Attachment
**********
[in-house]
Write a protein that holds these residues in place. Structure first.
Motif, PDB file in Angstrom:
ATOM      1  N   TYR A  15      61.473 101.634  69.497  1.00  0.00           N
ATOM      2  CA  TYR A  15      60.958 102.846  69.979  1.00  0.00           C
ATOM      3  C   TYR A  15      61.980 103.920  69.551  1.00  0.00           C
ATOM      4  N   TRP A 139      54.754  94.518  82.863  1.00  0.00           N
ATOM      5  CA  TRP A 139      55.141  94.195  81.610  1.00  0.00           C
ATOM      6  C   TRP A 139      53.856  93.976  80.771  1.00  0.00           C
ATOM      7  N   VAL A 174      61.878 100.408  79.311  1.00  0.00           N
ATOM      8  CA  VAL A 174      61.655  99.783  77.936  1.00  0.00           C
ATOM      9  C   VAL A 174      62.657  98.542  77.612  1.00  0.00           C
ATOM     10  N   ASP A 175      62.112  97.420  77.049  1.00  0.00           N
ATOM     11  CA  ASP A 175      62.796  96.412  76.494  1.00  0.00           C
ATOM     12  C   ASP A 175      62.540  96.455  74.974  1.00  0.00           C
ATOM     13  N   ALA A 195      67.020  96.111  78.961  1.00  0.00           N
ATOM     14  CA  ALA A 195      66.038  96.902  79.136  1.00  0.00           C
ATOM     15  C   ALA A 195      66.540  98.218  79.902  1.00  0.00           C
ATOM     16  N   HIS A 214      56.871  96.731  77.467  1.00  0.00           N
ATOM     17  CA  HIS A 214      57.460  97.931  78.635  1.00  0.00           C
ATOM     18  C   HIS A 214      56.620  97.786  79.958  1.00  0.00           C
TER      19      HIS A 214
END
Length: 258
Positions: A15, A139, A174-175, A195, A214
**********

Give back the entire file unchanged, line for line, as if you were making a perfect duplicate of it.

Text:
[in-house]
Write a protein that holds these residues in place. Structure first.
Motif, PDB file in Angstrom:
ATOM      1  N   TYR A  15      61.473 101.634  69.497  1.00  0.00           N
ATOM      2  CA  TYR A  15      60.958 102.846  69.979  1.00  0.00           C
ATOM      3  C   TYR A  15      61.980 103.920  69.551  1.00  0.00           C
ATOM      4  N   TRP A 139      54.754  94.518  82.863  1.00  0.00           N
ATOM      5  CA  TRP A 139      55.141  94.195  81.610  1.00  0.00           C
ATOM      6  C   TRP A 139      53.856  93.976  80.771  1.00  0.00           C
ATOM      7  N   VAL A 174      61.878 100.408  79.311  1.00  0.00           N
ATOM      8  CA  VAL A 174      61.655  99.783  77.936  1.00  0.00           C
ATOM      9  C   VAL A 174      62.657  98.542  77.612  1.00  0.00           C
ATOM     10  N   ASP A 175      62.112  97.420  77.049  1.00  0.00           N
ATOM     11  CA  ASP A 175      62.796  96.412  76.494  1.00  0.00           C
ATOM     12  C   ASP A 175      62.540  96.455  74.974  1.00  0.00           C
ATOM     13  N   ALA A 195      67.020  96.111  78.961  1.00  0.00           N
ATOM     14  CA  ALA A 195      66.038  96.902  79.136  1.00  0.00           C
ATOM     15  C   ALA A 195      66.540  98.218  79.902  1.00  0.00           C
ATOM     16  N   HIS A 214      56.871  96.731  77.467  1.00  0.00           N
ATOM     17  CA  HIS A 214      57.460  97.931  78.635  1.00  0.00           C
ATOM     18  C   HIS A 214      56.620  97.786  79.958  1.00  0.00           C
TER      19      HIS A 214
END
Length: 258
Positions: A15, A139, A174-175, A195, A214